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Unrelated image from pexels.com to make this post look nicer in social media shares.

Much like development is maintenance and a creative field, development is also communication. One of the hardest problems I’ve run into with programming isn’t the programming itself, it’s making sure I’m actually building the right thing and fully understand the requirements.

Just because it’s obvious to you that a feature should work a certain way doesn’t mean it isn’t equally obvious to someone else that it should work a different way. Not that I’ve ever gotten burned by that or anything ;) As overly simple as it sounds, it can be really helpful to talk your plan for building a feature over with the person who came up with the requirements and your team lead. Something as simple as having a quick chat about how you’re going to build a feature can uncover assumptions you’ve made that aren’t right or things you missed or even existing code you didn’t know about that could really help.

If you’re working directly with other developers on the same project, it’s possibly even more important to communicate with them. At the very least you need to figure out who does which piece and how your code will work together. If you can divide a project into nicely separated pieces with an interface or API between them that definitely makes things easier, but you still need to keep in touch. Interfaces can change as you build and discover what you actually need, parts of the project can be delayed, there are all kinds of things other people on your project might want to know about.

Even if you’re not on the same project, it’s still useful to communicate with your team. If nothing else, your team lead needs to know how your task is going so they can get ready to assign you more work or re-assign a task they were going to give you if you hit a snag.

Stubbornness is more important than intelligence or talent when you’re learning to code, but that doesn’t mean it’s useful all the time. Listening to other people’s ideas is just as important as refusing to give up. It’s tempting to stubbornly insist on doing things your way, but that’s only going to hurt your project and piss off your team. An idea being yours doesn’t mean it’s the best way to do it. Of course, another dev, even a more senior one, having an idea doesn’t magically make that one perfect either, that’s why it’s so important to talk things out. It’s nice when you get to implement your own ideas, but it’s best for your project if you implement the best ideas you have available, whether those came from you or from someone else on your team.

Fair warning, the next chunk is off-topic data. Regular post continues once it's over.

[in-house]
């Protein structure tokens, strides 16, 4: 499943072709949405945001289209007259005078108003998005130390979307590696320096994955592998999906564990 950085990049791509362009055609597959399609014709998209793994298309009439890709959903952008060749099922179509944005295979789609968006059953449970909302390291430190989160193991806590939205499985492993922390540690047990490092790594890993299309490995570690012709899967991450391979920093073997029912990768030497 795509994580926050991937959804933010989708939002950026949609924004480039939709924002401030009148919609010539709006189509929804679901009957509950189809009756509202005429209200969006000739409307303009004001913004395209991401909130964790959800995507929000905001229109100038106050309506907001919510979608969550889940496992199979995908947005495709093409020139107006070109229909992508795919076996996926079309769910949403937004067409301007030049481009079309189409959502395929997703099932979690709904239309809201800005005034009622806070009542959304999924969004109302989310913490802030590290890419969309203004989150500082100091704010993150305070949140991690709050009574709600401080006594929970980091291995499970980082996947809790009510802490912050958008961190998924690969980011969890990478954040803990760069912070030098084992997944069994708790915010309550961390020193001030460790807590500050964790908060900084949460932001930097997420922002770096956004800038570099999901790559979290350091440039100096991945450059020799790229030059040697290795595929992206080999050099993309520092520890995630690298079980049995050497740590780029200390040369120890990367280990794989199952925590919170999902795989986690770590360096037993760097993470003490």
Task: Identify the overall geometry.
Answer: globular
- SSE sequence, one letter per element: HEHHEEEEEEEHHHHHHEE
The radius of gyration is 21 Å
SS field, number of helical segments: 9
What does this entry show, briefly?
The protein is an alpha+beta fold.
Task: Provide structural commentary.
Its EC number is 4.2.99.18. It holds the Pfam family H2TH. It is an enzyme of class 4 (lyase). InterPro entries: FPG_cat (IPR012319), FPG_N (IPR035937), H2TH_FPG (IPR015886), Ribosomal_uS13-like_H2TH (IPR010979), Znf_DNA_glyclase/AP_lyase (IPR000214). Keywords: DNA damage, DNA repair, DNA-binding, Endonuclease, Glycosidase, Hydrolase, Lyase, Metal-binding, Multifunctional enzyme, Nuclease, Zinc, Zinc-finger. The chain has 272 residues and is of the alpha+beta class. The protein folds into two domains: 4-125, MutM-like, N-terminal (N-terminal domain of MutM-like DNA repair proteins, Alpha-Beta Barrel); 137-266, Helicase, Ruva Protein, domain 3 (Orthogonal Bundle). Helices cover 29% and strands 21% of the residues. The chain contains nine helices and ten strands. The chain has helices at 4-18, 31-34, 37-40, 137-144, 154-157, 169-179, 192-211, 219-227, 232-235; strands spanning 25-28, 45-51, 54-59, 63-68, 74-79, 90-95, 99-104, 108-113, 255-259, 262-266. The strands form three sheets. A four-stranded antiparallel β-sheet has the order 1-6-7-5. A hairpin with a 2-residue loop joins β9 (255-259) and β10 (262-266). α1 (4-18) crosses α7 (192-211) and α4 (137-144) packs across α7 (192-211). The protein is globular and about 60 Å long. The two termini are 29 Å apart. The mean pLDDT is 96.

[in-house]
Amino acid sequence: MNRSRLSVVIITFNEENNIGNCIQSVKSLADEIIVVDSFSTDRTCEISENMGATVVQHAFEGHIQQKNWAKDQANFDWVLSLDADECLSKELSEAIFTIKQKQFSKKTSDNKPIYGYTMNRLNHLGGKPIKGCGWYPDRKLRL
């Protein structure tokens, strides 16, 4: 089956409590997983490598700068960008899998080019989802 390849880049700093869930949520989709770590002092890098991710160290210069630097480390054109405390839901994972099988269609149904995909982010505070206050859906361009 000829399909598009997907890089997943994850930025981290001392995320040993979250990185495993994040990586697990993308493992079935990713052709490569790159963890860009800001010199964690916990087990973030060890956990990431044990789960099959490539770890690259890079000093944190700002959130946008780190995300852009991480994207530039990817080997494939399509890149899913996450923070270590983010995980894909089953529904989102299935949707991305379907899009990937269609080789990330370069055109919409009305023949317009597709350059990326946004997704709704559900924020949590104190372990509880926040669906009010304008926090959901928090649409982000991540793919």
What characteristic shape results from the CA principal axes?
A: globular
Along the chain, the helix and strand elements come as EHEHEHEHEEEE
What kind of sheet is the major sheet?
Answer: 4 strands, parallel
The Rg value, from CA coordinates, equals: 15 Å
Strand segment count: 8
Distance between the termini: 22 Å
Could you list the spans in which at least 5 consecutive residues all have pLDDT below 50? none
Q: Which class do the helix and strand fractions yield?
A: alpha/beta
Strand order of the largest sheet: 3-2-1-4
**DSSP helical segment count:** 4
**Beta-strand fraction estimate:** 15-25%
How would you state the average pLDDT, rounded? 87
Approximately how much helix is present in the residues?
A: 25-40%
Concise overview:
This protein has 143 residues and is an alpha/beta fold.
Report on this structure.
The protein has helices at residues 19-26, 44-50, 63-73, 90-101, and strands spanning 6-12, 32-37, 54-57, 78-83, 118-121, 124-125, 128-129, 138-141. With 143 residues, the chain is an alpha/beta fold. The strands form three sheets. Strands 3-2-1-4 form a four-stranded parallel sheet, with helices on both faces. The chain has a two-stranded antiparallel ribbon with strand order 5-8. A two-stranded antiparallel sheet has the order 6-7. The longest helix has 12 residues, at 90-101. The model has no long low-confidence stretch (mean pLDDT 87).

Whether or not you actually take their suggestions, it’s really important to listen to your team. Despite what you may have heard, software development involves surprisingly little coding in a basement far away from all human contact. Professional software development is fundamentally a team sport, very little of it is so small that a single person can build and maintain an application by themselves. Working with a team means you need to get along with them and listening to them is a big part of that. If you bother asking for anyone else’s opinion, you need to give it a fair shot and seriously consider implementing it. If your mind is already made up, do the polite thing and don’t waste people’s time by asking for opinions you’re not actually going to listen to.

The preceding rant is brought to you by the many horror stories I’ve read online about people who label their listening problems someone else’s communication problem. Listening is communication. Without it, no information gets shared.

Communication skills are at least as important as hard development skills if you want to make a living as a developer. If I had to choose just one, I’d say communication is more important. Someone who will listen to me and explain what they’re doing can learn to code or code better. There’s nothing you can do with someone who can’t communicate. That doesn’t mean you have to be perfect at it – I’m certainly not – just that you’ve got to try.